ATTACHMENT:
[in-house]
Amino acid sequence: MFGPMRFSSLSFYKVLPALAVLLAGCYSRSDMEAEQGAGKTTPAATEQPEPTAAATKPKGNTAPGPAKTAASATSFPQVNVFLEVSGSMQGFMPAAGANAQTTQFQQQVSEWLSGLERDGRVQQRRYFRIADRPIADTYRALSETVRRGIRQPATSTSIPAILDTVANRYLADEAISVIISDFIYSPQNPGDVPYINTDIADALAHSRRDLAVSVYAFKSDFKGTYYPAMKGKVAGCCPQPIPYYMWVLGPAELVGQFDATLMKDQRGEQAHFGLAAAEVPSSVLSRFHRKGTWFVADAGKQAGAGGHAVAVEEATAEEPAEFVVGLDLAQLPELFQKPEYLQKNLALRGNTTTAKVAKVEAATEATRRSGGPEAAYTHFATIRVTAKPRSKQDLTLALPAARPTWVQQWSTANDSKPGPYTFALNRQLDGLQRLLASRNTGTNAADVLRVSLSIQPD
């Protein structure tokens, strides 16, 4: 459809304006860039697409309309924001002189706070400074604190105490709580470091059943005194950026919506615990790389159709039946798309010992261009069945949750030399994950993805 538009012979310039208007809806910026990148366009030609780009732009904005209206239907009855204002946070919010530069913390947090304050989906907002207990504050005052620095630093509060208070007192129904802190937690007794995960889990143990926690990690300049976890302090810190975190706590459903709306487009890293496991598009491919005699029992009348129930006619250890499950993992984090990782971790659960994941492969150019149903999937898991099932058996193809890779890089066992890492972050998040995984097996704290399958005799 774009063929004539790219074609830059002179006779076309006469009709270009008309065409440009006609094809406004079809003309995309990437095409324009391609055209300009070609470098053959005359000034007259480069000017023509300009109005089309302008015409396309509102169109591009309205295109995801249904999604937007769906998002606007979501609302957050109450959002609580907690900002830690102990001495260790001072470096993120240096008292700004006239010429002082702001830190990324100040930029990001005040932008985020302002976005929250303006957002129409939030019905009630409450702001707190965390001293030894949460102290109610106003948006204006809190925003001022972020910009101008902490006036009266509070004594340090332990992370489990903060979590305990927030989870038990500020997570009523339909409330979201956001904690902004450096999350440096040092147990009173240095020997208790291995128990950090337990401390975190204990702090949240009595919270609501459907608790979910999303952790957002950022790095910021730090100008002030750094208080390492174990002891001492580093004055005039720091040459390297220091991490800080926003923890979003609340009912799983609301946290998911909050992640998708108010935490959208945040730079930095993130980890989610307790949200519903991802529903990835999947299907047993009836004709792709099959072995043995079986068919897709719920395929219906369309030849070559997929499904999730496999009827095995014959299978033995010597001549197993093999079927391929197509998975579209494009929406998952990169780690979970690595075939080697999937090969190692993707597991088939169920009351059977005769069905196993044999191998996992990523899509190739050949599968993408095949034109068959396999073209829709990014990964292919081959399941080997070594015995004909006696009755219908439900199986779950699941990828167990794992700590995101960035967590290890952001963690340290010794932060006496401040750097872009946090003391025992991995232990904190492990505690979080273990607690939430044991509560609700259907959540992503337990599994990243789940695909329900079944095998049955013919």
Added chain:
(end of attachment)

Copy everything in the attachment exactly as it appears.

[in-house]
Amino acid sequence: MFGPMRFSSLSFYKVLPALAVLLAGCYSRSDMEAEQGAGKTTPAATEQPEPTAAATKPKGNTAPGPAKTAASATSFPQVNVFLEVSGSMQGFMPAAGANAQTTQFQQQVSEWLSGLERDGRVQQRRYFRIADRPIADTYRALSETVRRGIRQPATSTSIPAILDTVANRYLADEAISVIISDFIYSPQNPGDVPYINTDIADALAHSRRDLAVSVYAFKSDFKGTYYPAMKGKVAGCCPQPIPYYMWVLGPAELVGQFDATLMKDQRGEQAHFGLAAAEVPSSVLSRFHRKGTWFVADAGKQAGAGGHAVAVEEATAEEPAEFVVGLDLAQLPELFQKPEYLQKNLALRGNTTTAKVAKVEAATEATRRSGGPEAAYTHFATIRVTAKPRSKQDLTLALPAARPTWVQQWSTANDSKPGPYTFALNRQLDGLQRLLASRNTGTNAADVLRVSLSIQPD
């Protein structure tokens, strides 16, 4: 459809304006860039697409309309924001002189706070400074604190105490709580470091059943005194950026919506615990790389159709039946798309010992261009069945949750030399994950993805 538009012979310039208007809806910026990148366009030609780009732009904005209206239907009855204002946070919010530069913390947090304050989906907002207990504050005052620095630093509060208070007192129904802190937690007794995960889990143990926690990690300049976890302090810190975190706590459903709306487009890293496991598009491919005699029992009348129930006619250890499950993992984090990782971790659960994941492969150019149903999937898991099932058996193809890779890089066992890492972050998040995984097996704290399958005799 774009063929004539790219074609830059002179006779076309006469009709270009008309065409440009006609094809406004079809003309995309990437095409324009391609055209300009070609470098053959005359000034007259480069000017023509300009109005089309302008015409396309509102169109591009309205295109995801249904999604937007769906998002606007979501609302957050109450959002609580907690900002830690102990001495260790001072470096993120240096008292700004006239010429002082702001830190990324100040930029990001005040932008985020302002976005929250303006957002129409939030019905009630409450702001707190965390001293030894949460102290109610106003948006204006809190925003001022972020910009101008902490006036009266509070004594340090332990992370489990903060979590305990927030989870038990500020997570009523339909409330979201956001904690902004450096999350440096040092147990009173240095020997208790291995128990950090337990401390975190204990702090949240009595919270609501459907608790979910999303952790957002950022790095910021730090100008002030750094208080390492174990002891001492580093004055005039720091040459390297220091991490800080926003923890979003609340009912799983609301946290998911909050992640998708108010935490959208945040730079930095993130980890989610307790949200519903991802529903990835999947299907047993009836004709792709099959072995043995079986068919897709719920395929219906369309030849070559997929499904999730496999009827095995014959299978033995010597001549197993093999079927391929197509998975579209494009929406998952990169780690979970690595075939080697999937090969190692993707597991088939169920009351059977005769069905196993044999191998996992990523899509190739050949599968993408095949034109068959396999073209829709990014990964292919081959399941080997070594015995004909006696009755219908439900199986779950699941990828167990794992700590995101960035967590290890952001963690340290010794932060006496401040750097872009946090003391025992991995232990904190492990505690979080273990607690939430044991509560609700259907959540992503337990599994990243789940695909329900079944095998049955013919």
Added chain: